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SCHULTZ: Joining me now is the Democrat who wrote that letter to Justice Thomas, Congressman Anthony Weiner of New York. Congressman, thank you for your time tonight.
REP. ANTHONY WEINER (D), NEW YORK: My pleasure.
SCHULTZ: Why can"t Ginny Thomas just speak her mind and go make a living the way she wants to? What"s the problem here?
WEINER: Well, she certainly can. And none of the 75 members of Congress or the hundreds and hundreds of people that have signed a petition at ConflictedClarenceThomas.com, think that she shouldn"t have a right to earn a living.
But the law is clear when a judge must recuse himself from consideration of a case. And it"s when you have a financial interest in the outcome of the case. And it specifically refers to your spouse.
I think that this is really a fairly bright line test here. When you have someone who"s already made close to 700,000 dollars trying to defeat health care, is advertising to this day that she has influence over things in Washington, and has advocated so fiercely for this being deemed unconstitutional, I think it"s a pretty clear case that Justice Thomas should recuse himself from consideration of the appeal of the Health Care Reform Act.
SCHULTZ: But couldn"t this be a situation where Justice Thomas could have integrity and distance himself from the way his wife thinks, and make an unbiased ruling on this and one that is within the law? I mean, this is really an attack on him as much, isn"t it?
WEINER: Well, here"s the situation, is that the recusal laws are all about the appearance that the court is on the level. You know, I can disagree with Clarence Thomas. And I think that, frankly, he"s probably gotten just about every case wrong since he"s been on the bench. But this is the case of what the appearance is.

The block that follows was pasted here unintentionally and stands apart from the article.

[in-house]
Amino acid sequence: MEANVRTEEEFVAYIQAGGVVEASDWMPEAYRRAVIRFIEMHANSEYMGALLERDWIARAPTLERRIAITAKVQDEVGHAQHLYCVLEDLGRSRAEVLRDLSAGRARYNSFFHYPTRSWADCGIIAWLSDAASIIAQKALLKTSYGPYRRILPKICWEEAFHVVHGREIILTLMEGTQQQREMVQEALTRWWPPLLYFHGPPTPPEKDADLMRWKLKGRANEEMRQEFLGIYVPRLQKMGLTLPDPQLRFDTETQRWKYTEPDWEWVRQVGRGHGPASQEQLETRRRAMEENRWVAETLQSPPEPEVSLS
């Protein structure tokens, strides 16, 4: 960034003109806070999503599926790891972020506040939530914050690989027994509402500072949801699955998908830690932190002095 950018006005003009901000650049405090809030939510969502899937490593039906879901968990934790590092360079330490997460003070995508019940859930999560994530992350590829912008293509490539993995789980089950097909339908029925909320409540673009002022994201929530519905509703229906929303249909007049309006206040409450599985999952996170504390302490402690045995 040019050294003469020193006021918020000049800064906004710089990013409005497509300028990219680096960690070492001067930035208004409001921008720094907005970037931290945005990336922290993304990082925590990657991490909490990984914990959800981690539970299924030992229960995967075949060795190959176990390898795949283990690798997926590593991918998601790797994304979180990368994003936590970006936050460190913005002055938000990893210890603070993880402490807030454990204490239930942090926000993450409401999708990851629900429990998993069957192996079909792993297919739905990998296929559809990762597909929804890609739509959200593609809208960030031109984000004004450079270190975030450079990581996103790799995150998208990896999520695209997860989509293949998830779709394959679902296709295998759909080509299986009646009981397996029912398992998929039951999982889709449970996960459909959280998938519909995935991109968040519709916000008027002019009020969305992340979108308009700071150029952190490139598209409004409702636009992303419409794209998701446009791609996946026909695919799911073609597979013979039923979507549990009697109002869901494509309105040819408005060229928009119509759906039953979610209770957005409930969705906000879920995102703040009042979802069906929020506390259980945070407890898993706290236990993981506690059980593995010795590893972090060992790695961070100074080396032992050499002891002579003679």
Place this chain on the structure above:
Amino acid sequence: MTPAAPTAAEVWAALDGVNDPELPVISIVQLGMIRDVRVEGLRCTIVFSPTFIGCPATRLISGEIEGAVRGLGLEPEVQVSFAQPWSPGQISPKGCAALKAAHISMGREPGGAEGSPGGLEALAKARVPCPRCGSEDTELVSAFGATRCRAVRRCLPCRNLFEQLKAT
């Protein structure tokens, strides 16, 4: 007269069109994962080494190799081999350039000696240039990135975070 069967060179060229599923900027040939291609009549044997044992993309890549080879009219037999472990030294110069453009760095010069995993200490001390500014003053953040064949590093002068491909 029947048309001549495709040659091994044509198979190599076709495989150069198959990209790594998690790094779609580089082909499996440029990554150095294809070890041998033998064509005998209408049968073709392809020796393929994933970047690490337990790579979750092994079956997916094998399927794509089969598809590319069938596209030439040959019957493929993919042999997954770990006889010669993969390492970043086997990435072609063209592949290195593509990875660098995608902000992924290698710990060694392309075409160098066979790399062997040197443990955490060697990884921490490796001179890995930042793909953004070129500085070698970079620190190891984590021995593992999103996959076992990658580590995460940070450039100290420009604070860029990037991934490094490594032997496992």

And particularly in this health care case, where everyone agrees this is going to wind up in the Supreme Court, where there are widely divergent views, and there are legitimate points on either side. Frankly, if the American people are going to have confidence in the Supreme Court, to see that he failed to disclose on his filings that his spouse had earned this income, to see that she still, to this day, is advertising she has influence over these decisions, the appearance is obvious.
And so all we"re saying is he should recuse himself.
SCHULTZ: Orrin Hatch has asked Justin Kagan to recuse herself. In your opinion, which is more likely?
WEINER: Justice Kagan, frankly, was asked on a questionnaire had she had any dealings with the Health Care Reform Act. She said it was only mentioned at one meeting. She was a part of none of the judicial proceedings.
Frankly, Justin Kagan, to her credit, has already recused herself from several cases that were in front of her when she was solicitor general. Look, what people are saying at ConflictedClarenceThomas.com, are we the American people want the Supreme Court to be on the level. And it is clear, at the very least, the appearance is that it"s not. That"s what"s important here.
SCHULTZ: Another story breaking out of Congress today, was in "Politico," is that there are 16 freshmen in the Congress who refuse to take the government health care program, which is offered to the members of Congress. And they"re finding it not so easy-going. They"re out in the open market, 1,200 dollars a month as far as a premium is concerned.
And some of the members of Congress who went in well intended are finding out that there is such a thing as preexisting conditions. What"s your thinking on this? Is this a real opportunity to get the attention of Republicans, and to maybe change the thinking of some?
WEINER: Perhaps it is. The fact is, you said 16 members. That"s over 250 of them. They apparently--or many of them are on Social Security and Medicare, something I"ve talked about on your show before. I don"t see them turning back that.
One of my colleagues from New York even said--when asked whether he"s taking the insurance, he said, of course, what"s going to happen to me if I have an accident and I need health care.
Look, the fact is that there is a certain amount of hypocrisy among my Republican friends. They want health insurance. They want the benefit that comes with being employed on the job. All we"re saying is we want to extend all Americans essentially the same plan that we members of Congress have. That"s what this is all about.
And I think that when people understand that, they support this health care act. The irony is, essentially what the Republicans wanted to do in the first week they came in office is take away from the American people the benefits that members of Congress get every day.
SCHULTZ: Congressman Anthony Weiner, great to have on. Thanks so much for being with us tonight.
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